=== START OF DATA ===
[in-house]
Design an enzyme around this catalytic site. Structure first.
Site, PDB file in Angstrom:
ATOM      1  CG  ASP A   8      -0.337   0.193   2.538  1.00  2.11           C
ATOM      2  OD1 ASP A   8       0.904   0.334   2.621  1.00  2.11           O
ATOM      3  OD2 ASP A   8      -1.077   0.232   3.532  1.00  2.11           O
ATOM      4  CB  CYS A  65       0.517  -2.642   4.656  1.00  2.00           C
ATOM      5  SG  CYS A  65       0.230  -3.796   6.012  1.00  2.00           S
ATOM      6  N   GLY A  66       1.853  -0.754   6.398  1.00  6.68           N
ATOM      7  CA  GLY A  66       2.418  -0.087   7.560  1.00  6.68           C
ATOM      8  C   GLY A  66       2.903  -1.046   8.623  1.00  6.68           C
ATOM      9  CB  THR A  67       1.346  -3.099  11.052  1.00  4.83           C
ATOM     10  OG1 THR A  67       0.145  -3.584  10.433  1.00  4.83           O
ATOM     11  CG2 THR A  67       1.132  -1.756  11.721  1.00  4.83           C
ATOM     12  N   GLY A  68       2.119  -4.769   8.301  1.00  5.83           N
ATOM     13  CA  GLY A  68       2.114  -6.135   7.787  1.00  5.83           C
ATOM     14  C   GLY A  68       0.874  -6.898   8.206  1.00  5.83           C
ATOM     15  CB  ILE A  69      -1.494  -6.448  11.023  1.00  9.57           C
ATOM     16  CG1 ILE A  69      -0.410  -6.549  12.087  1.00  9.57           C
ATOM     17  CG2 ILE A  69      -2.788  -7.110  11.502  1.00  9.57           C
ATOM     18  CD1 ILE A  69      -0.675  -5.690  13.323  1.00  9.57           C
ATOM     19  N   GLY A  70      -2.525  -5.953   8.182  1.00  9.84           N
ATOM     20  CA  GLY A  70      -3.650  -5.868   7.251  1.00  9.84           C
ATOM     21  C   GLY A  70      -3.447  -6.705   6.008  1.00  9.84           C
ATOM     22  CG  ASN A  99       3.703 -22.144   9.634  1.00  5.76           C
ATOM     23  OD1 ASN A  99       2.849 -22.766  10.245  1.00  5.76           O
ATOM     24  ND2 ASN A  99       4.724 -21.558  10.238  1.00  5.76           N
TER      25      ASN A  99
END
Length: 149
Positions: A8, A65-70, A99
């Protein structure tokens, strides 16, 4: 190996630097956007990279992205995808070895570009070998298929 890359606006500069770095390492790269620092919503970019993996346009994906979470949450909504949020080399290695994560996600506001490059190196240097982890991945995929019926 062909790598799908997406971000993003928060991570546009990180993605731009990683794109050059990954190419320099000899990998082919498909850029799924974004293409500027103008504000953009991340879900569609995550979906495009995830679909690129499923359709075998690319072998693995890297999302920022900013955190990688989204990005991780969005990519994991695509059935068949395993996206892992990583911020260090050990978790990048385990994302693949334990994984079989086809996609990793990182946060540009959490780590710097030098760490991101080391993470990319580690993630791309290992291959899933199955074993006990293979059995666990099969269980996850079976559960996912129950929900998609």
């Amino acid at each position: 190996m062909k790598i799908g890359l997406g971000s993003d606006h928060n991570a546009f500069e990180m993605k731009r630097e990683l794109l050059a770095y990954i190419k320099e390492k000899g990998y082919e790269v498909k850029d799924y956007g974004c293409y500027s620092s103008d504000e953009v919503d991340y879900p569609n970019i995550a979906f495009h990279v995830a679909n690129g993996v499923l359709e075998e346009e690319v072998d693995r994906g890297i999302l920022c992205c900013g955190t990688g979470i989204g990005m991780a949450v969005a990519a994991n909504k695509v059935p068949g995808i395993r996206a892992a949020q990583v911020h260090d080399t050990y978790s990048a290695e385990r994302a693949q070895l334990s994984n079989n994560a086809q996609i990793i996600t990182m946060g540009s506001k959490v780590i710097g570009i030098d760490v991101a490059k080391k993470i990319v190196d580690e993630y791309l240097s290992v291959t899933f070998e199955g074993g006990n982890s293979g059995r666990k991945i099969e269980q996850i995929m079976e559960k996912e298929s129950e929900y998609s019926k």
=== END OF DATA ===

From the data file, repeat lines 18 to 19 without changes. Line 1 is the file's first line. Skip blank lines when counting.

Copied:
ATOM     15  CB  ILE A  69      -1.494  -6.448  11.023  1.00  9.57           C
ATOM     16  CG1 ILE A  69      -0.410  -6.549  12.087  1.00  9.57           C